Happy that KVRR covered the Fargo #ClimateStrike yesterday. Glad to be able to speak out on the value of peaceful protest and how crucial it is that government leaders doing something – lots of things – to address the #ClimateCrisis NOW. #StrikeWithUs #ThereIsNoPLANetB
People from all walks of life, from as young as age 5 to grandparents in their 80s, protested in Fargo yesterday (9/20/19) about government inaction on the #ClimateCrisis. Continue reading “Coverage of Fargo #ClimateCrisis Strike”
The Climate Crisis can be overwhelming, but the people who demanded immediate action by government at all levels at the Fargo Climate Strike today say ignoring the problem is not the answer.
They came for the grandchildren who will deal with the effects of the Climate Crisis for years after they’re gone. Continue reading “Global Climate Crisis Strike | Fargo, N.D.”
As extreme weather events caused by the climate crisis become more prevalent, reporters should make the cause-effect connections in their ledes or second paragraphs, not at THE END.
Reporters Can and Should Restructure Their Stories About Climate-Change-Related Severe Weather Events
About a month’s worth of rain fell on Washington, D.C. in one hour. The torrent resulted “…in one of (the city’s) worst flooding events in years,” according to the Washington Post. Continue reading “The Climate Crisis & The Inverted Pyramid”
The next generation has been waiting, watching, listening… and getting frustrated about the lack of action on climate change by governments around the world. Now they’re taking the lead.
More Kudos to the Kids
Tomorrow is a big day for the planet.
The kids are stepping out and speaking out once again. They’re demanding action on global warming and climate change. They’re sick and tired of waiting around for my generation and the one before it to do all the things that should’ve long since been done.
Before today, they’ve filed a lawsuit against the government of the United State of America. They’ve walked out of school to protest inaction by governments around the world. And tomorrow, March 15, they’re walking out again, but in a more organized fashion.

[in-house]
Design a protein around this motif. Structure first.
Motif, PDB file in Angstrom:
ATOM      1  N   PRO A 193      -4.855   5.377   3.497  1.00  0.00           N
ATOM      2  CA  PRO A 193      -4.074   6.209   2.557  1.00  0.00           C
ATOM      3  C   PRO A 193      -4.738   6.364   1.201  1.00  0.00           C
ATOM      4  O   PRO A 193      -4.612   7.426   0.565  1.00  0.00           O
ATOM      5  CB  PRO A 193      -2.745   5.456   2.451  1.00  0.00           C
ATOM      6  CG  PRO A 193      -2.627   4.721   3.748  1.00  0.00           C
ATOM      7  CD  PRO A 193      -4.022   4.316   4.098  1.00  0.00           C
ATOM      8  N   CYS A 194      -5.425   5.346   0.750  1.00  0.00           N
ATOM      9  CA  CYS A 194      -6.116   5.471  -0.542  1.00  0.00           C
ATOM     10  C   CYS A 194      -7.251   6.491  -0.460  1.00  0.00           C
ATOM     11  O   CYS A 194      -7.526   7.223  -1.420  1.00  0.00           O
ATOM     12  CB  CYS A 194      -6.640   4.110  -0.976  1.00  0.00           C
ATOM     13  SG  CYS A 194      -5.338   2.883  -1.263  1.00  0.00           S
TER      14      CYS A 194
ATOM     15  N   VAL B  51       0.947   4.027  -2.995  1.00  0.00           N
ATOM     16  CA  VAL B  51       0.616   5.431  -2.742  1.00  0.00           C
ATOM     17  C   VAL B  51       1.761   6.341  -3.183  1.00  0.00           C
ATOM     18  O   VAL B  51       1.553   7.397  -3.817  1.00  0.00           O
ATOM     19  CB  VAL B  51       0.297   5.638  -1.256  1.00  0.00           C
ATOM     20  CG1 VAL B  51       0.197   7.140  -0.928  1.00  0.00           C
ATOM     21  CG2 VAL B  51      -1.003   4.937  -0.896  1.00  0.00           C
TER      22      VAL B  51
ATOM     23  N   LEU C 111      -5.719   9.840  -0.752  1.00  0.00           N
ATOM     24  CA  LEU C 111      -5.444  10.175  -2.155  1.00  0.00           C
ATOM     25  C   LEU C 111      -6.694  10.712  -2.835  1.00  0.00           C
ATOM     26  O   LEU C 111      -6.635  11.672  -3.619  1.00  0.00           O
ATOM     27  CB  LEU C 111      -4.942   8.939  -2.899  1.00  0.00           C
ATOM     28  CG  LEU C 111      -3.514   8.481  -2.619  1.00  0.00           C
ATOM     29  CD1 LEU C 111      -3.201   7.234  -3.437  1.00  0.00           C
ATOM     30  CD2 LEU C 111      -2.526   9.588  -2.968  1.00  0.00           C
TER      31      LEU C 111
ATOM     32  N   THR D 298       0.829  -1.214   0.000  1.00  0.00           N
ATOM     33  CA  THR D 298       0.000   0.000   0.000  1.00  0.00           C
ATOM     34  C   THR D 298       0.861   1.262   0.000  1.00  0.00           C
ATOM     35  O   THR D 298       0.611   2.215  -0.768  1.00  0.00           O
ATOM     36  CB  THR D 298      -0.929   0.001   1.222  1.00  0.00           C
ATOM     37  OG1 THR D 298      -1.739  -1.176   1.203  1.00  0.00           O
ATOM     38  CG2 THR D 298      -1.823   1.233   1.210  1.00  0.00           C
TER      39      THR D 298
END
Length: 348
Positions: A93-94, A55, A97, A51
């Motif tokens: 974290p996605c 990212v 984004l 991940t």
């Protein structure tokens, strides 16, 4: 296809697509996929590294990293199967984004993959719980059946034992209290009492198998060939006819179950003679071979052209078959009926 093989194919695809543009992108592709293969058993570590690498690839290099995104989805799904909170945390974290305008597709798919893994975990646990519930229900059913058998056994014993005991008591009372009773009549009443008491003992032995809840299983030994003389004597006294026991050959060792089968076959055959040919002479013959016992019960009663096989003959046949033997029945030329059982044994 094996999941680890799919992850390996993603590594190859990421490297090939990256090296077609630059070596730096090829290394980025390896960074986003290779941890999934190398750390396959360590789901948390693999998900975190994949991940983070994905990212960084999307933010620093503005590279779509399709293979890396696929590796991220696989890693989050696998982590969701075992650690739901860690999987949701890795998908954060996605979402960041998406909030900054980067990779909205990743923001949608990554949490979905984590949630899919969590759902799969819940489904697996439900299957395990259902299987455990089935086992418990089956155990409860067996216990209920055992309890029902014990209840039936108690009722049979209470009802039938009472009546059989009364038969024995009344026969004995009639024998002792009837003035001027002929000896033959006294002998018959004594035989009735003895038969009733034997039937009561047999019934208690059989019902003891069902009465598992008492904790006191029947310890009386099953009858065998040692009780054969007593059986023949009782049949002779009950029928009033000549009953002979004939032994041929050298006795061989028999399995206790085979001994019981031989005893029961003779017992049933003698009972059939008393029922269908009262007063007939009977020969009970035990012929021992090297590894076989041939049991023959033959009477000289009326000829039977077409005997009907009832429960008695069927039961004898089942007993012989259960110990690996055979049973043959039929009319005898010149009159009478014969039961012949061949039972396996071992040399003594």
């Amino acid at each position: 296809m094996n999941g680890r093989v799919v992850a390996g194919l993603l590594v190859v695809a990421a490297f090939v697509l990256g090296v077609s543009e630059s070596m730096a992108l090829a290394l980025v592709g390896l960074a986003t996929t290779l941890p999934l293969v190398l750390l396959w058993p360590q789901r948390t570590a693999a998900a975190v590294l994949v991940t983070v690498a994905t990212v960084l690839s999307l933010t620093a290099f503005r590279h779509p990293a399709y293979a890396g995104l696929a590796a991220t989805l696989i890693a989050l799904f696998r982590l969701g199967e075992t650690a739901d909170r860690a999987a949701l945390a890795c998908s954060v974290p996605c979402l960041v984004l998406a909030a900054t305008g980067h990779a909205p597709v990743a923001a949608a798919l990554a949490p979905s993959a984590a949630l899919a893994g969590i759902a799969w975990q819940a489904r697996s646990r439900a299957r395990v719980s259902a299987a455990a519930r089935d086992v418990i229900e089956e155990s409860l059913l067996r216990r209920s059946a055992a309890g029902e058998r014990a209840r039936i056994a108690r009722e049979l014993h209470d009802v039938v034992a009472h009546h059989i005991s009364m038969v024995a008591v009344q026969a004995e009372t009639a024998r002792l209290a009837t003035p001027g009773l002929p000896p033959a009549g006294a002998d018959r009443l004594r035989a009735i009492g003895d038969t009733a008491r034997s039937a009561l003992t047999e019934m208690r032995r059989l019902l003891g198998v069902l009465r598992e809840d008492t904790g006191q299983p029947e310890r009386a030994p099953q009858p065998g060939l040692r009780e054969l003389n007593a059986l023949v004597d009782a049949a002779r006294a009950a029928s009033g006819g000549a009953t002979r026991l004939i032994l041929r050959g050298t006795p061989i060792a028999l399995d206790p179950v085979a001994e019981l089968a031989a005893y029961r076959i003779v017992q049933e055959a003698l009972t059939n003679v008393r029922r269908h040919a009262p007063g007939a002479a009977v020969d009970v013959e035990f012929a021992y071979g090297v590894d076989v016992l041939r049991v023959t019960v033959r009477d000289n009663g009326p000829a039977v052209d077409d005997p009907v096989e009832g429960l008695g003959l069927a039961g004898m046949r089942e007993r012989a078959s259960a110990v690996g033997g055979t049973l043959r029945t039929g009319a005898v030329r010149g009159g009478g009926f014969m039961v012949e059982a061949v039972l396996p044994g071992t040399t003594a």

This time it’s being billed by some as a “coming out party” for the international Youth Climate Strike, a movement that started with a 15-year-old girl who’s had enough.
I’ve written about the lawsuit before, giving the kids behind it a shout-out. Today, once again, I say…
Kudos to the Kids!
The youth of the United States and the world have been gathering steam for several years now, beginning even before 21 of them filed suit against the U.S. government for not acting on what it knew about global warming and its effects.
That was in 2015.
Continue reading “The New Leaders on Climate Change”
A Senate committee is expected to issue a “do not pass” recommendation on a net metering bill introduced by Sen. Merrill Piepkorn, D-44. The full Legislature should pass it, anyway. It’s the right thing to do.
SB 2322 Will Provide Universal Benefits
The N.D. Senate Industry, Business and Labor Committee is expected to issue a “do not pass” recommendation on a bill that would benefit farmers, ranchers, businesses, workers and homeowners. More importantly, it would limit negative impacts to the environment.
The committee heard testimony from environmental advocates, utilities and others on Tuesday, February 5, on Senate Bill 2322, which is related to net metering of electricity.
The purposes of the bill, introduced by Sen. Merrill Piepkorn, D-44, are to make it economical for utility customers to install expensive renewable energy generation equipment and provide more equitable reimbursement for customer-generated electricity by utilities across the state.
Continue reading “North Dakota Legislature Should Pass Net Metering Bill”
Brad Magnuson, chair of the N.D. Dem-NPL Renewable Energy Caucus, says so-called “road-use fees” aimed at EVs and hybrids are punitive & unfair. A bill that would impose one is currently in the N.D. Legislature.
IV Words Guest Post – Brad Magnuson
Today the North Dakota Senate voted on a second reading of SB 2061, “A BILL for an Act to create and enact a new section to chapter 39-04 of the North Dakota Century Code, relating to a road use fee for electric and hybrid vehicles; and to provide for a legislative management study.”
The bill passed the Senate with a seven-vote margin and now goes to the House.
If it becomes law, SB 2061 will impose a $110 annual “road-use fee” on electric vehicles (EVs) and $50 for hybrids. That’s an improvement from the version of the bill IV Words featured a couple of weeks ago, “Backwards Bill Would Deter People from Purchasing Electric Vehicles.” That bill would have imposed a $248 fee for EVs and $71 for hybrids.”
Brad Magnuson, chair of the N.D. Dem-NPL Renewable Energy Caucus, offers his take on “a bad bill,” even in its current form.
Continue reading “Another Take on EV “Road-Use Fee” Bill, SB 2061″